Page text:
“An Equivocal Couple Overwhelmed by Life”: A Phenomenological Analysis of Pregnancy

philoSOPHIA: A Journal of Continental Feminism 4 (1):12-49 (2014)
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In lieu of an abstract, here is a brief excerpt of the content:“An Equivocal Couple Overwhelmed by Life”A Phenomenological Analysis of PregnancySara HeinämaaTwo conceptions of human generativity prevail in contemporary feminist philosophy. First, several contributors argue that the experience of pregnancy, when analyzed by phenomenological tools, undermines several distinctions that are central to Western philosophy, most importantly the subject-object distinction and the self-other and own-alien distinctions. This line of argument was already outlined by Iris Marion Young in her influential essay “Pregnant Embodiment: Subjectivity and Alienation” (1984). The other dominant argument is related to the first one, and it states that organic birth is the event that establishes the first experiential separation between the self and the other. On this understanding, the mother-fetus relation would not involve any relations between two corporeal selves; all such relations would be postnatal. This notion has been defended, for example, by Christine Schües (1997; 2000) and Johanna Oksala (2003).1On the other hand, classical phenomenology is dominated by the idea that the rigorous first-person methodology that is essential to phenomenology dictates that the sense of birth must be studied primarily by reflection on the structures of our own recollection or memory. Consequently, the primary sense of human birth would be that of an unattainable limit. This is argued on the basis of the existential fact that we all are born but cannot recall our own birth, or else on the basis of the transcendental fact that the structure [End Page 31] of retention ties each living present to an earlier one and implies that the transcendental ego cannot be subject to generation.2 From this perspective, all analyses and reflections of the experiences of labor, gestation, and pregnancy would be secondary since the sense of birth that these experiences involve is the nativity of another human being and not the nativity of the reflecting self.This paper challenges both the feminist and the classical phenomenological approach. I maintain that careful phenomenological analyses of the experience of pregnancy undermine both notions. Such analyses show, on the one hand, that pregnancy does not imply a nondistinction or self-other fusion but on the contrary involves a specific self-other divide. At the same time, they demonstrate that the sense of birth is more complex than the classical recollection-paradigm suggests and that it includes more components than the signification of an unattainable limit. A proper phenomenology of birth must take into account not only the universal fact that we all are born, but also the equally universal fact that each of us is born from another human being, that is, some other human subject.3 This other human being who “gave” us birth or “from whose flesh we were born” provides us with a unique perspective on our own past, beyond the limits of our own recollection. Her perspective is incomparable to any other external perspective; rather than simply giving us an additional third-person viewpoint on our own organic birth, this one person is able to open a second-person perspective on our pre- and postnatal life and the transition between them—all of which is beyond our own recollection.My argument proceeds by the following steps:First, I develop a fresh discourse on the experience of pregnancy, by studying a set of remarks to be found in Julia Kristeva’s postphenomenological discourse on maternity, on the one hand, and in Simone de Beauvoir’s existential-phenomenological discourse on feminine embodiment, on the other hand. I use these remarks as leading clues for a novel phenomenological study of the experience of pregnancy.4 Contra Young’s influential account mentioned above, I argue that gestation, as experienced by women who live it in the first person, includes a separation between two sensory-motor beings in a nesting relation: the pregnant self and the embryonic other. The alternative account that I provide hinges on my analysis of the experience of fetal movements and the role of touch-sensations and kinesthetic sensations in such experiences. Ultimately, I argue that pregnancy does not erode the self-other boundary or the own-alien boundary but reestablishes both divisions.Second, I compare my account of the experience of pregnancy to Merleau...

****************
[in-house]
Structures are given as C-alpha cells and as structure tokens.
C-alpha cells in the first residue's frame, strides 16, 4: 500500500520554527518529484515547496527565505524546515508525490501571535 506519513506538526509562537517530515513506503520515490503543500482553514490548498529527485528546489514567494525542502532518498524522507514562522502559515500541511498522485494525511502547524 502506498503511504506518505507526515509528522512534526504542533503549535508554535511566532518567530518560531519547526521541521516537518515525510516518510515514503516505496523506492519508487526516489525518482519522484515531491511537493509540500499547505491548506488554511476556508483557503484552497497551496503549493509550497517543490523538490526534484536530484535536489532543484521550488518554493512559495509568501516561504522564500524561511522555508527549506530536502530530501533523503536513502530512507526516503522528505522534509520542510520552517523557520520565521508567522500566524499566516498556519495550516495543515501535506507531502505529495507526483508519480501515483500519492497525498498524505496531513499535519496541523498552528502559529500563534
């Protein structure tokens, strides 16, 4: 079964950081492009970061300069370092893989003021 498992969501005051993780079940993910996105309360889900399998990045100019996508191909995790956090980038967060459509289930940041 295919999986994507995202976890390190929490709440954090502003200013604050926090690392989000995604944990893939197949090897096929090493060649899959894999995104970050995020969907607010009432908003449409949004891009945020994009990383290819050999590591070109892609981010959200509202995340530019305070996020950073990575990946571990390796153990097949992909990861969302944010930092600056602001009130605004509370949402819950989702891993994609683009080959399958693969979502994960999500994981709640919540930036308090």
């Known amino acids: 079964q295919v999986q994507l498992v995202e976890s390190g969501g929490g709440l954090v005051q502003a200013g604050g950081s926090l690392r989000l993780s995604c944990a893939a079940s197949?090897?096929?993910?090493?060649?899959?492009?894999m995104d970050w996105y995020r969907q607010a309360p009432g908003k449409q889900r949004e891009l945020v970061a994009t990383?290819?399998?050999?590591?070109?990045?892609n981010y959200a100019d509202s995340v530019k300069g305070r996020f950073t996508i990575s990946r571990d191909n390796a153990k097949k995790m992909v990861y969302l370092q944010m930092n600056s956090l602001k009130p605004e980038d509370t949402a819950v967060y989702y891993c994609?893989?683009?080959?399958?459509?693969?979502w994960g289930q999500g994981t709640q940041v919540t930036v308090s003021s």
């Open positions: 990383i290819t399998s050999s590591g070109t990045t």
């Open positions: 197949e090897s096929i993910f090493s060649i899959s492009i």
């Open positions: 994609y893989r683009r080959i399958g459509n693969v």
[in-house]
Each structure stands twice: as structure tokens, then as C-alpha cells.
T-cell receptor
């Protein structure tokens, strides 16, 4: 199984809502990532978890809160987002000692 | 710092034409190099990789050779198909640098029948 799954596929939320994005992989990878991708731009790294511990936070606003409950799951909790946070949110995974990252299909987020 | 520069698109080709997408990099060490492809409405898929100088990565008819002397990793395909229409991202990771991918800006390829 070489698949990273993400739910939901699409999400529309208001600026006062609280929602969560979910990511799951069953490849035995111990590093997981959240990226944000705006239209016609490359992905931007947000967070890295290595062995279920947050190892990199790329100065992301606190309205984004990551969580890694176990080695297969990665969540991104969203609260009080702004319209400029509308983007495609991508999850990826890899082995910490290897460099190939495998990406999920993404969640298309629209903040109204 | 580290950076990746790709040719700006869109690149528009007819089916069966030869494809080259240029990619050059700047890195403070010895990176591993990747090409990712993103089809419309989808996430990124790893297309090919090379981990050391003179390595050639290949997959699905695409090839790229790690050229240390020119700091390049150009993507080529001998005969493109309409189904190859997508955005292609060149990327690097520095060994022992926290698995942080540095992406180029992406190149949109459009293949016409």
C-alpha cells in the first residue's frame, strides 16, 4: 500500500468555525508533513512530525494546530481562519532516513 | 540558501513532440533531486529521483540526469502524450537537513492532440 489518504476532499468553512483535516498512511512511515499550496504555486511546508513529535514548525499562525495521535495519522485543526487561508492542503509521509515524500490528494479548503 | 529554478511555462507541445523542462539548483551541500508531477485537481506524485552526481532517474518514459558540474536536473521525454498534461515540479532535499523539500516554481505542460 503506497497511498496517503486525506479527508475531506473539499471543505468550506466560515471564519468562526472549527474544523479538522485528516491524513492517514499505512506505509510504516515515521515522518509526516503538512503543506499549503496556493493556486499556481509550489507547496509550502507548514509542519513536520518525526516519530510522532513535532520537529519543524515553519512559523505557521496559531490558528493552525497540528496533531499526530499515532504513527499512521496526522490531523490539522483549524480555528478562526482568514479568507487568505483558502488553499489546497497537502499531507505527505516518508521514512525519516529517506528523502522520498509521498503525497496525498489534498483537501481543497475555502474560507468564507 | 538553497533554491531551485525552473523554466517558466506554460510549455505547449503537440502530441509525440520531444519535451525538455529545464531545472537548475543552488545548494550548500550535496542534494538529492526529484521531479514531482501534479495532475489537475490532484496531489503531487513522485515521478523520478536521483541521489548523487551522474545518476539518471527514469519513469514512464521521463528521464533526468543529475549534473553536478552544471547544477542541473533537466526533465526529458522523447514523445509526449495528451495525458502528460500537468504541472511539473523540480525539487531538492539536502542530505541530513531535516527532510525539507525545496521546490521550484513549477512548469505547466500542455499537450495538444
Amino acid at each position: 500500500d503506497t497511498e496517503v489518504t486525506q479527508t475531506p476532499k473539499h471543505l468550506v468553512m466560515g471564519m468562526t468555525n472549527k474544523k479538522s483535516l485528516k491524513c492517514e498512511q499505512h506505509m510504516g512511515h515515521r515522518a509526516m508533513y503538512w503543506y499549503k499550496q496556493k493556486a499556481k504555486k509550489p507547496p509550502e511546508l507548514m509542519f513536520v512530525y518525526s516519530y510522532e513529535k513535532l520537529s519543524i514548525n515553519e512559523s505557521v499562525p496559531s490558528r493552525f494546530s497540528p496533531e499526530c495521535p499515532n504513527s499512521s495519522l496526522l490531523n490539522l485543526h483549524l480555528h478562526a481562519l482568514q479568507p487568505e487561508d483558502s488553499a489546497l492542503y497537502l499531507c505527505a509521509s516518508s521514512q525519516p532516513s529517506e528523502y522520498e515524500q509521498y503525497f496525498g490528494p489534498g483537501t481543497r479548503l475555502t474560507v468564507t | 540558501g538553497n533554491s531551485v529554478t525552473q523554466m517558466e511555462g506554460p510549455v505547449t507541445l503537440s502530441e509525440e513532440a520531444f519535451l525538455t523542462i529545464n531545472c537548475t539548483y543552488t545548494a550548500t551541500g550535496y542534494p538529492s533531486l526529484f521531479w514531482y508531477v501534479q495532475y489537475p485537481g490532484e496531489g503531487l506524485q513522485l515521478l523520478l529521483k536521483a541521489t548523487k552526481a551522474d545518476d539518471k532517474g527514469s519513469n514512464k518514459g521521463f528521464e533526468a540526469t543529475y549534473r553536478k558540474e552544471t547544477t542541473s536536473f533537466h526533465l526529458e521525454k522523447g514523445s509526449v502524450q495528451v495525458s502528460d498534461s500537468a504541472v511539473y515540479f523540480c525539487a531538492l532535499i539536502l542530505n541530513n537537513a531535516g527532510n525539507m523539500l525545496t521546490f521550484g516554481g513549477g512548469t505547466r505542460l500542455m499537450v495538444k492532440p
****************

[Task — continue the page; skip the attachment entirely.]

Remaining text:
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Sara Heinämaa
University of Helsinki


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